Since 2006, monitoring has been undertaken each year by local company ‘Envirokiwi’, under contract to ARC (AC). This monitoring has been followed by treatment of the areas where Argentine ants are found. Additionally, areas of likely invasion i.e. wharves, refuse transfer stations, rubbish tips, nurseries and timber yards, have been surveyed each year.

Envirokiwi has employed teams of up to 12 people each summer to undertake the work. Most of the staff is local youth either returning to the island for holidays or residing on the island. The crew is out on the hottest days when the ants are most active. There is a need for accurate recording of results and attention to detail to retrieve pottles placed out the previous day. This may sound like unpleasant, hard work but there is great team spirit.

The Argentine ant’s colouration can extend from light to dark honey brown.  This highly successful “tramp ant” invader has a varied diet of nectar, insects, carrion, seeds and honeydew.  The ant is small but what they lack in size they make up in numbers.

So what happens in the field?

Approximately 67ha was monitored this year, and a considerably smaller area was treated.
Pottles are placed out in the field in a 3m x 3m grid pattern over the whole of the monitoring area excluding buildings. Wherever possible, pottles are placed out of direct sunlight and close to the ground. Pottles (marked with flagging tape) are usually left overnight and collected the next day.

The location of ants is mapped to allow treatment to occur at the site and within a 20m radius of the site. Bait is placed on the ground in a grid pattern and four to six weeks later this is repeated to kill any ants that were in the pupae stage at the first treatment.

How are we doing?

The boundary of the areas where Argentine ants are found has expanded in the three main infestation areas but the density of ants within those boundaries has been significantly reduced. Several sites including Barrier Building supplies, Sugar Loaf, Puriri Bay recycling bins and Mohunga have been eradicated. One new site was found this year.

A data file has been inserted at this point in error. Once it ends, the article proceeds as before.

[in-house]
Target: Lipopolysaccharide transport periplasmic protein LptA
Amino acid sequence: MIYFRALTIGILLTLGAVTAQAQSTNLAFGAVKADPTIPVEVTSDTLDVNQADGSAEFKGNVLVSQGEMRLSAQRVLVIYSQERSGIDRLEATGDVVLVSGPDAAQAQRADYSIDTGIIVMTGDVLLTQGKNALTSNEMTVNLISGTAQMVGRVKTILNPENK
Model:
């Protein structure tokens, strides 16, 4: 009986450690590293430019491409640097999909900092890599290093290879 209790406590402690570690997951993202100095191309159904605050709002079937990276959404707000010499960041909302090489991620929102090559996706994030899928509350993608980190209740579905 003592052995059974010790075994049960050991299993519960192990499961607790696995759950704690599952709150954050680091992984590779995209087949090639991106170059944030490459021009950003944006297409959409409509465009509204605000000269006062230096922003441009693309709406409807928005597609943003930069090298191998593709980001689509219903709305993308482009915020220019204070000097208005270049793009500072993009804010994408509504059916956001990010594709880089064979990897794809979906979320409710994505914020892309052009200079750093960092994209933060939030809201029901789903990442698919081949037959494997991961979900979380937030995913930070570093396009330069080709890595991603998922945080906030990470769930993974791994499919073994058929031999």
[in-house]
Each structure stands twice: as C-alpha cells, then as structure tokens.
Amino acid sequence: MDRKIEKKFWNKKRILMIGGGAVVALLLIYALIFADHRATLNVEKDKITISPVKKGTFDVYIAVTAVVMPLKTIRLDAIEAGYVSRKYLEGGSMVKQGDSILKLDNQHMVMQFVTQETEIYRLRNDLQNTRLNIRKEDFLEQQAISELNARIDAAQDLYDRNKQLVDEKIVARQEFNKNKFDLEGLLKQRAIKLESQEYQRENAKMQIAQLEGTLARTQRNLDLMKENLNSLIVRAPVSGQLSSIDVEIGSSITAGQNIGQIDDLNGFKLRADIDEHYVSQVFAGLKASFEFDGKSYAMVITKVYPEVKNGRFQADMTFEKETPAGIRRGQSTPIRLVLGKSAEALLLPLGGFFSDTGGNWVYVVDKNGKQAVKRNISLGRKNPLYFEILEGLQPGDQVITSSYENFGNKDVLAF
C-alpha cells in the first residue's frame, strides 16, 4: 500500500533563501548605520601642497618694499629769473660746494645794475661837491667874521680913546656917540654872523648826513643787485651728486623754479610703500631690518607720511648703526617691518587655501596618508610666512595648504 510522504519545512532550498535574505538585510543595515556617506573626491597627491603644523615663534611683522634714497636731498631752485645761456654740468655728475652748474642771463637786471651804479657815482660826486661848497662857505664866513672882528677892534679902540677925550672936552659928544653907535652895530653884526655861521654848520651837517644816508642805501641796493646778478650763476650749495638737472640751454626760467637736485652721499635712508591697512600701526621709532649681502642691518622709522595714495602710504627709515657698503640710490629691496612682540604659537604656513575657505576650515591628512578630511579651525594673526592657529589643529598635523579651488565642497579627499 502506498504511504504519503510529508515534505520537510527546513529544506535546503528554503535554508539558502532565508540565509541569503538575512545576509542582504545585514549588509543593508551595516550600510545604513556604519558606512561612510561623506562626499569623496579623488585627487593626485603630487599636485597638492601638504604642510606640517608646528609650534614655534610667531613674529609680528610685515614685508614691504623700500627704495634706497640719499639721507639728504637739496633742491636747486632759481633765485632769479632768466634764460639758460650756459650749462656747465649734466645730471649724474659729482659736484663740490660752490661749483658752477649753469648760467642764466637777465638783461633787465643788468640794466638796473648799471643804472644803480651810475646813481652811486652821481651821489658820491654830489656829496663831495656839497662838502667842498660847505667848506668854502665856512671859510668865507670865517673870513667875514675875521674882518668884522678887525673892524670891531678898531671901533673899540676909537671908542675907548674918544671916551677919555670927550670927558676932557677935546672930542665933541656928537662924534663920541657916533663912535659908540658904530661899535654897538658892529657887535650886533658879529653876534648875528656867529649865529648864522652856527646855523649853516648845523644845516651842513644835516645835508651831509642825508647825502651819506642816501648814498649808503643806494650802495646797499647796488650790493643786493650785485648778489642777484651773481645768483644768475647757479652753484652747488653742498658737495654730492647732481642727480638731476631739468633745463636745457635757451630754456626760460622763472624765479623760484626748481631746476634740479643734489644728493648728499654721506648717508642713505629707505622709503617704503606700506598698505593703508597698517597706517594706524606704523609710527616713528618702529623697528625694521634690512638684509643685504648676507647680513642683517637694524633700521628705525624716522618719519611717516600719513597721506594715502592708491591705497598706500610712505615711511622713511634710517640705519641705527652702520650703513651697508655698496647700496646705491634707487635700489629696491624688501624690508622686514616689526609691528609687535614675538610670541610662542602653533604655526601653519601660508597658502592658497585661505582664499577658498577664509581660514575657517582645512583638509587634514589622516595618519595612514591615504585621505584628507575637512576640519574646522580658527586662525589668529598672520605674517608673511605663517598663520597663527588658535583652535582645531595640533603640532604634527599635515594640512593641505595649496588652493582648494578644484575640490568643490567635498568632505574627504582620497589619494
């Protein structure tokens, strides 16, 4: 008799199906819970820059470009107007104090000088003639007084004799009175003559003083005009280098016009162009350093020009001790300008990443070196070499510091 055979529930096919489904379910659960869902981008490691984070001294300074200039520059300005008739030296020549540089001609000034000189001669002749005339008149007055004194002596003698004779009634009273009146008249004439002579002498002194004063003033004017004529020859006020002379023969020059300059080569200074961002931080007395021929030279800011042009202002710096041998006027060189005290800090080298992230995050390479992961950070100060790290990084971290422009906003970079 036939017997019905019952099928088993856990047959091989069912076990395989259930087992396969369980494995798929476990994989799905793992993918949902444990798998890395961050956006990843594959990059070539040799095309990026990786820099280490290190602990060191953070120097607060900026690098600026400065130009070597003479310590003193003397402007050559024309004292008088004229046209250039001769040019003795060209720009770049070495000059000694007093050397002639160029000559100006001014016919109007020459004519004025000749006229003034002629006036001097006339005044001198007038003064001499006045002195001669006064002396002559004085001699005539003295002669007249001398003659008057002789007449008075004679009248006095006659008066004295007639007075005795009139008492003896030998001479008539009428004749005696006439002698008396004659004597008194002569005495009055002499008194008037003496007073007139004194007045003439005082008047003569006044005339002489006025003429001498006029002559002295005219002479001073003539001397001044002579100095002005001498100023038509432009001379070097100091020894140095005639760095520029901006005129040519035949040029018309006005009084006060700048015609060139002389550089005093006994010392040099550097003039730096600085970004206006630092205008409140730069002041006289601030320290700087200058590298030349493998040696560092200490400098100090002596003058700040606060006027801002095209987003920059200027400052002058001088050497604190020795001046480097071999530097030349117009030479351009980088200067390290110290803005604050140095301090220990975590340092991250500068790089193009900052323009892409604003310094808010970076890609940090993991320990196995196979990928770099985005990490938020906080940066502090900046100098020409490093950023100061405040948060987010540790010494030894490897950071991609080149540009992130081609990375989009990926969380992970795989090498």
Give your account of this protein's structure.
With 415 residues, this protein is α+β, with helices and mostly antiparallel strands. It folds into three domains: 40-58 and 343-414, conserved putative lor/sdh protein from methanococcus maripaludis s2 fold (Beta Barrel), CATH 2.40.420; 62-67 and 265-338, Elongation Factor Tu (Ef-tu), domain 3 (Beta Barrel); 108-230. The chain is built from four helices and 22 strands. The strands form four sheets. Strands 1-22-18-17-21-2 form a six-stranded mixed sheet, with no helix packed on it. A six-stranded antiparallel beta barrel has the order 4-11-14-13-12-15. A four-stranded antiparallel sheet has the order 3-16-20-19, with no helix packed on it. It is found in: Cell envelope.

What can we all do to help this project to succeed?

To prevent Argentine ants being re-introduced to Great Barrier or moved around Great Barrier, it is important to check all pot plants, soil media and building materials for Argentine ants. This can be done by dunking any pot plants in a container of water until the soil is fully saturated. If ants are in the soil, they should come out of the soil and fly spray can then be used to kill them. Be aware that there may be some pupae surviving in the soil, so where ants are seen, this process should be repeated in a week’s time. Any vehicles that have been standing for a period of time should be shaken around a bit to disturb any ant nests that may be present. The ants are likely to desert a moving object but any ants seen should be sprayed again with fly spray. This process should be done whenever moving materials from a known infestation area, on or off the island. Additionally, if purchasing materials from a nursery, check the supplier’s hygiene standards – is their soil sterilized etc?

Argentine ants are sophisticated little critters that have ingenious methods of ensuring not just survival but dominance in many situations. Eradication of Argentine ants is still in the experimental stages and a review of the Great Barrier Island project will be undertaken this year.
A lot of information about Argentine ants is available from the web, otherwise, if you would like more information or are concerned that you may have them on your property (or elsewhere) please call the DOC field centre 09 4290 044 or Jeff Cook at the Auckland Council, 027 5553451